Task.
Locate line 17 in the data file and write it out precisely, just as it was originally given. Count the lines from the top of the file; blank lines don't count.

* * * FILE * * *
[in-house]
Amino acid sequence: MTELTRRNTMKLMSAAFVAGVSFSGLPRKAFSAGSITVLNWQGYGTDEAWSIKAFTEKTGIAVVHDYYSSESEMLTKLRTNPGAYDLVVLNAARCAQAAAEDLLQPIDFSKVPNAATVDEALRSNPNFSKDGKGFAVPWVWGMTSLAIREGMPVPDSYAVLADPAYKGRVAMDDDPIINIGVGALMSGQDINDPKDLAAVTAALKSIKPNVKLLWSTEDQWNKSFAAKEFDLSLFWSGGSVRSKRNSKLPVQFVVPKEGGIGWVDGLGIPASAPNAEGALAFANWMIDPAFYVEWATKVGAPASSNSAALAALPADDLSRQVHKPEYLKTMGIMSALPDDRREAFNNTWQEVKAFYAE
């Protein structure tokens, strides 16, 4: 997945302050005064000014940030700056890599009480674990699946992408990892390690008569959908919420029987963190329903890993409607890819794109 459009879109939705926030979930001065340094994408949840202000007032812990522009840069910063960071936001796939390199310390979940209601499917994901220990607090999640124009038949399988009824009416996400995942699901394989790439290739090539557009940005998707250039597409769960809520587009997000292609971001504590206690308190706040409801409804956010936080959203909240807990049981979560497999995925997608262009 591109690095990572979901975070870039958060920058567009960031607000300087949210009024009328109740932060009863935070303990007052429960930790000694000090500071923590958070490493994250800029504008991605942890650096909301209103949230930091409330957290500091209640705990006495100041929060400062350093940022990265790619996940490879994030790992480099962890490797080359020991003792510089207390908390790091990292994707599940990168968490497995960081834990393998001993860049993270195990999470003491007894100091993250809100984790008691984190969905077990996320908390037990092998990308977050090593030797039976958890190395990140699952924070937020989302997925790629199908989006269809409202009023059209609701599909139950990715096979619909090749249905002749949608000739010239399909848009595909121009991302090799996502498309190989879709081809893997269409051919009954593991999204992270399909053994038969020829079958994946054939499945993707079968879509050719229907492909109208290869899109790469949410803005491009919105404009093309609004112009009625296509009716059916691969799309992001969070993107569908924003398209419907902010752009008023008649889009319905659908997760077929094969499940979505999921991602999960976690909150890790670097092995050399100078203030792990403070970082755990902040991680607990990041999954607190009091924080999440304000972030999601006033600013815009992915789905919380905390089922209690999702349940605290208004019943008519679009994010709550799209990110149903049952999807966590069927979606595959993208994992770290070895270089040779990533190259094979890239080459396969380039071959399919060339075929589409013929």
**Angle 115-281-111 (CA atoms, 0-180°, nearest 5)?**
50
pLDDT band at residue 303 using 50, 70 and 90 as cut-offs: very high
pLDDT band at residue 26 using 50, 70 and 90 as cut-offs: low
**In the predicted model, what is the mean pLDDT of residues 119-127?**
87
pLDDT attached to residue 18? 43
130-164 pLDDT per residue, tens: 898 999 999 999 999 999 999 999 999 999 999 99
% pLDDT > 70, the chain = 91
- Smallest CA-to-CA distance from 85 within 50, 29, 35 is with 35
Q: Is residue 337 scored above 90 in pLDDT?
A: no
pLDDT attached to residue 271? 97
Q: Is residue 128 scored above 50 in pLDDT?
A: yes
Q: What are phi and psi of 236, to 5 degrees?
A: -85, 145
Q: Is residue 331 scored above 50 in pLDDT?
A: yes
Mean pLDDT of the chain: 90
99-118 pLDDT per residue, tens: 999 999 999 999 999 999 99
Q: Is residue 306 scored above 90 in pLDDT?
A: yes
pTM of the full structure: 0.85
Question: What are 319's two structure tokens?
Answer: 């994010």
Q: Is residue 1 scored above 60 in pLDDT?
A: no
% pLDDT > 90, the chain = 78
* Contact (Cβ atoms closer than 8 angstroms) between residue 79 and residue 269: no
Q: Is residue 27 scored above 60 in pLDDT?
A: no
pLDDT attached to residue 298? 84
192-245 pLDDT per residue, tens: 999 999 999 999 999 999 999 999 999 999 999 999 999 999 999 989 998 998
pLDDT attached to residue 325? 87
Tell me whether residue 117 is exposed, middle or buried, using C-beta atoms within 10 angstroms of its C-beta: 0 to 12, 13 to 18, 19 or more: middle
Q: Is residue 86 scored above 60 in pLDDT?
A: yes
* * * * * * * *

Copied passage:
Q: Is residue 128 scored above 50 in pLDDT?